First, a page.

Skip to Content

Car Seat Jacket Safety [+3 Safe Solutions for Keeping Kids Warm]

Each year, as the weather starts to get cold, I do a post on the Plus Mommy Facebook page about car seat safety. I address the importance of removing bulky winter coats before putting kids in car seats.

Then I grab a cup of coffee, sit back, and watch the internet implode.

I'd like to think most of us can agree, just by looking at the cover photo above, that the child is NOT properly secured. It's not a debate.

When a child is wearing a puffy winter coat in their car seat, and there's an accident, they might as well be strapped in that loosely!

Disclosure: Plus Size Birth is a participant in the Amazon Services LLC Associates Program, an affiliate advertising program. As an Amazon Associate, I earn from qualifying purchases. Read more about these links in my disclosure policy.

little girl in a carseat

Car Seat Jacket Safety

I live in Colorado where it snows and can get super cold during winter. Like most parents-to-be, my husband and I took a newborn care class and we got our car seat installed at the fire department.

No one ever talked to us about extended rear facing.

Or removing our son's bulky coat before putting him in the car seat.

All of that information I learned via Facebook on pages like Car Seats for the Littles and The Car Seat Lady.

YouTube video

No, you shouldn't believe everything you read on Facebook. You should do your own research when presented with information that concerns your kid's health and safety.

Reliable sites like Consumer Reports and The American Academy of Pediatricians (AAP) talk about the importance of removing bulky coats.

My desire to share this information with my community is not to shame any moms that aren't already taking these safety precautions. Instead, it's my hope that by sharing this information parents are empowered to make changes that result in their kids being safer.

When you know better, you do better.

It's as simple as that!

The safety of our children shouldn't be up for debate.

3 Solutions For Keeping Kids Warm In Carseats

Here are the best 3 options for keeping your kids warm in their car seats:

1. Fleece Jacket

Putting your kids in a snug fleece jacket is a great way to keep them warm without putting them in something that's bulky.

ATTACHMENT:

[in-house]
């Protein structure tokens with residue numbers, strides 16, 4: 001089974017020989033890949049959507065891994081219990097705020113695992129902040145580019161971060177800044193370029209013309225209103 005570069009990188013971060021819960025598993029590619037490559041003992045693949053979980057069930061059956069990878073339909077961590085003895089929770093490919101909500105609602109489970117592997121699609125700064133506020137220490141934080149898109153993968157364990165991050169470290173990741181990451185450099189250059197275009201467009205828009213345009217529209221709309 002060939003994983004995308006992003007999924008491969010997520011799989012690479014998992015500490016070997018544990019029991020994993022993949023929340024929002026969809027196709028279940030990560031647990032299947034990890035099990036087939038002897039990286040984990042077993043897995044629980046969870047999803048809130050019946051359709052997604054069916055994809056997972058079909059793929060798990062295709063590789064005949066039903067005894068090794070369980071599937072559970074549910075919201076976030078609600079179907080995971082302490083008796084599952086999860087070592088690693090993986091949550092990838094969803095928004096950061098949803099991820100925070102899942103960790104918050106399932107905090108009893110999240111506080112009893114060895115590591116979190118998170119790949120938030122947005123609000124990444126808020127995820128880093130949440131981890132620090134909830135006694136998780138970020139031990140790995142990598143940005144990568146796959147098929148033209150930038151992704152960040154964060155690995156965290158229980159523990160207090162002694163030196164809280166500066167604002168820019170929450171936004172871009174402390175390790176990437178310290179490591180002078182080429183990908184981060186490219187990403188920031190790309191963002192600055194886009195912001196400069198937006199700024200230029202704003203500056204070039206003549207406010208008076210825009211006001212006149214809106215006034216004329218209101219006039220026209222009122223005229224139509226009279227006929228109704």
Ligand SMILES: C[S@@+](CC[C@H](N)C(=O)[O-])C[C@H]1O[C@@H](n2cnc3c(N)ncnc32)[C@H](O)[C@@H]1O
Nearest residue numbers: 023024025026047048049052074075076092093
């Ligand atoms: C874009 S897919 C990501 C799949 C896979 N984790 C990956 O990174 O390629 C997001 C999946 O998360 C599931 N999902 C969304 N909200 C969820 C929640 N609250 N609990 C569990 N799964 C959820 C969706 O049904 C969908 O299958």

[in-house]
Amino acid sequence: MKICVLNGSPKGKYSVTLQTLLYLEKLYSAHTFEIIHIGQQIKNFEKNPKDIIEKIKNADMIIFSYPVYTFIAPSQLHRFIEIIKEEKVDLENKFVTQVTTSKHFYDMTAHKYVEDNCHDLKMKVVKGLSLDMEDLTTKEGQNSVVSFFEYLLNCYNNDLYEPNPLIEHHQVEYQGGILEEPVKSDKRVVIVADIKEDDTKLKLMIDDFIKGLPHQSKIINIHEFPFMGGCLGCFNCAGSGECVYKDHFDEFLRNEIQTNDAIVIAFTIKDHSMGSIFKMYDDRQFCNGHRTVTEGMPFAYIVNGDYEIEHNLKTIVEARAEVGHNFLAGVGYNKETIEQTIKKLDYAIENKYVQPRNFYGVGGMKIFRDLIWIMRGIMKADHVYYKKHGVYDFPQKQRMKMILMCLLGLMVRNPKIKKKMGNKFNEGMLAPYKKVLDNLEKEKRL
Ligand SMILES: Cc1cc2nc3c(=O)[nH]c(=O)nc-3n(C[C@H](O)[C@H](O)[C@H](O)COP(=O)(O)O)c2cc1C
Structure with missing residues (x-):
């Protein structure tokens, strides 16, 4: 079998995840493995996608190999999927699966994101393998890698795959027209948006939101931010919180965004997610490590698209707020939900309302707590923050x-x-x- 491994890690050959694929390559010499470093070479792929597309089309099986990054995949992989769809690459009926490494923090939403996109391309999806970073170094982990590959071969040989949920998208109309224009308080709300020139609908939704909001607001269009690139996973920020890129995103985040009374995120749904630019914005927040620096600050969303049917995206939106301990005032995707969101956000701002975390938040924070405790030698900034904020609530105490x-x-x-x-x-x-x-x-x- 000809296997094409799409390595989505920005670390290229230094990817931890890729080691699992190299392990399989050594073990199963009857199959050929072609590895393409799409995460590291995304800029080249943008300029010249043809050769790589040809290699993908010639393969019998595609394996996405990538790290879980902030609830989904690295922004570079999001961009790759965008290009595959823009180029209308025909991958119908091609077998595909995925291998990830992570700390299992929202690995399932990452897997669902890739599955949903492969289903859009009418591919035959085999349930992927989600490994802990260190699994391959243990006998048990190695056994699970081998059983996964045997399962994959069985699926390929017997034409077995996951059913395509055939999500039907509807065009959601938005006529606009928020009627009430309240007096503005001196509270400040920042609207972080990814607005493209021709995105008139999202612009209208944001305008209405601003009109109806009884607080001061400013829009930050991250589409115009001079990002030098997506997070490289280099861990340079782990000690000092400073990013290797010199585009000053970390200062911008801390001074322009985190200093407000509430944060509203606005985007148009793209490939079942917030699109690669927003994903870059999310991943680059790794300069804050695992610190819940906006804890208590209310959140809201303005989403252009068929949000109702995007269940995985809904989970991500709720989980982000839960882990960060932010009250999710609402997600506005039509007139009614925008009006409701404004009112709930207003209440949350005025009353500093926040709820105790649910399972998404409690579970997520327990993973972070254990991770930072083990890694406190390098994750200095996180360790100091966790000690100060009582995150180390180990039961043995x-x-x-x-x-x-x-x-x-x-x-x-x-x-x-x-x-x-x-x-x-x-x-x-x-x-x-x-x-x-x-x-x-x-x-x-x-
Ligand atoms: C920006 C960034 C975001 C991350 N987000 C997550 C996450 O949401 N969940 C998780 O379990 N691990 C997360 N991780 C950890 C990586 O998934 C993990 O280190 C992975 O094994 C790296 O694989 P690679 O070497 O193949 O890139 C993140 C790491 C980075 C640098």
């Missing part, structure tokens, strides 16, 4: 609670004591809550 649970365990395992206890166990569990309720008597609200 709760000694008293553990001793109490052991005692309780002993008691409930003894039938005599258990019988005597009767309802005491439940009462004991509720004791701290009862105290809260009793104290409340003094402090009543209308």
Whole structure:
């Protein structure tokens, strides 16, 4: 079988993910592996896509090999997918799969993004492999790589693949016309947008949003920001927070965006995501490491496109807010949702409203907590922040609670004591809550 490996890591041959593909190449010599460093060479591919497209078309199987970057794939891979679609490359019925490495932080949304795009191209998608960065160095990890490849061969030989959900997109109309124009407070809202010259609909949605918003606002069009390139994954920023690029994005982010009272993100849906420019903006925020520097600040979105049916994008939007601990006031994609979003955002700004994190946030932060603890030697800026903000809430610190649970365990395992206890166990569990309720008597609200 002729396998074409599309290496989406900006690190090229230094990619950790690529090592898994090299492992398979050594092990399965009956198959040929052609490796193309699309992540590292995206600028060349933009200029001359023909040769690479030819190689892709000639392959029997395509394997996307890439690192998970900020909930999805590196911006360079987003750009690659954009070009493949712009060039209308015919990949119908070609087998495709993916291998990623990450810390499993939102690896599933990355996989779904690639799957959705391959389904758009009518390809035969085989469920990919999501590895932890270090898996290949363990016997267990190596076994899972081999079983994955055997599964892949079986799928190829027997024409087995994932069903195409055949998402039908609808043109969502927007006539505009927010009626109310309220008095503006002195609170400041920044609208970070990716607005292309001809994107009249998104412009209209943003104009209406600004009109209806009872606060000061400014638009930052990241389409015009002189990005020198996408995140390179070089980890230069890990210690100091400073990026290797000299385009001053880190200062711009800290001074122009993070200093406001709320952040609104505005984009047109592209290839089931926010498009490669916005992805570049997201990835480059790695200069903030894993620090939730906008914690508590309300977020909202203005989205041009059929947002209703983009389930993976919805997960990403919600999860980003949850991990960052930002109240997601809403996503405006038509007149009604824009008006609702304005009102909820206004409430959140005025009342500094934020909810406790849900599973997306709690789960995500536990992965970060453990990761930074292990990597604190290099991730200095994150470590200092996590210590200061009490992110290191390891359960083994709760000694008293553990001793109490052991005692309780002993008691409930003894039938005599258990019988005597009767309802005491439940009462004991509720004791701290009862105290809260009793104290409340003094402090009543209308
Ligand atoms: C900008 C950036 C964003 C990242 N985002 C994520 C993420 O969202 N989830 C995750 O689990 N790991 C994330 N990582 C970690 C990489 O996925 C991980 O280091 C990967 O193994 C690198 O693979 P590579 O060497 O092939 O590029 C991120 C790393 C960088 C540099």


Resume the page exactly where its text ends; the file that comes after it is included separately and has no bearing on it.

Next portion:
2. Travel Blankets

Travel blankets are great to keep in the car year-round. They are a helpful way to wrap the kids in a warm blanket to transfer them into the car. Once in the car, they can snuggle up with the blanket to stay warm.

Cloudz Compact Travel Blanket
Buy Now
03/12/2024 08:59 am GMT

3. Over Seat Car Seat Cover

An over seat car seat cover helps to block the cold air from freezing your little one. It's a handy tool to use when transferring your kids from the house to the car.

Please note – car seat manufacturers say not to use any product in the car seat if it isn't made by the manufacturer. This is just for when the car is not in motion.

Listen to my interview with the Car Seat Lady on the Plus Mommy Podcast

Jen McLellan, CBE
Follow me


Wednesday 6th of July 2016

I wouldn't risk an expired car seat. Technically we could have gotten away with not having my kids in seats at all or either of us never wearing seat belts since none of us have been in an accident. But in the event that we were in an accident I want to know we did everything in our power to stay safe. I get what you're saying and there are some foods that I'll still eat if they're fine after the best before date, but the risk isn't nearly the same. If you want to save money then just move your baby to the convertible seat when the infant seat expires. Many can be used from birth now and ones like Clek and Diono have lifespans of around 10 years so they should make it through to the booster years.


Thursday 11th of December 2014

I get frustrated because I never know who to believe. When you go to these informational sites always always always talk about a style of car seat I do not own. So, I read the manual for the car seat. And my manual says that the car seat must be front facing if the child is one year AND 22 pounds. If the child is not restrained like this the warranty is void regardless of the type of failure. When I go to car seat websites run by DOT or talk to fire departments I am told to comply with the manufacturer's recommendations. So, who do I believe?


Thursday 5th of February 2015

If your seat doesn't RF past 22 pounds, it's time for a new seat. Most RF to 35-40 pounds. Physics are physics. They are FAR safer RF than FF.


Thursday 11th of December 2014

I hear your frustration! At least with this issue all resources echo the same message - don't put your kids in their car seat wearing a winter coat.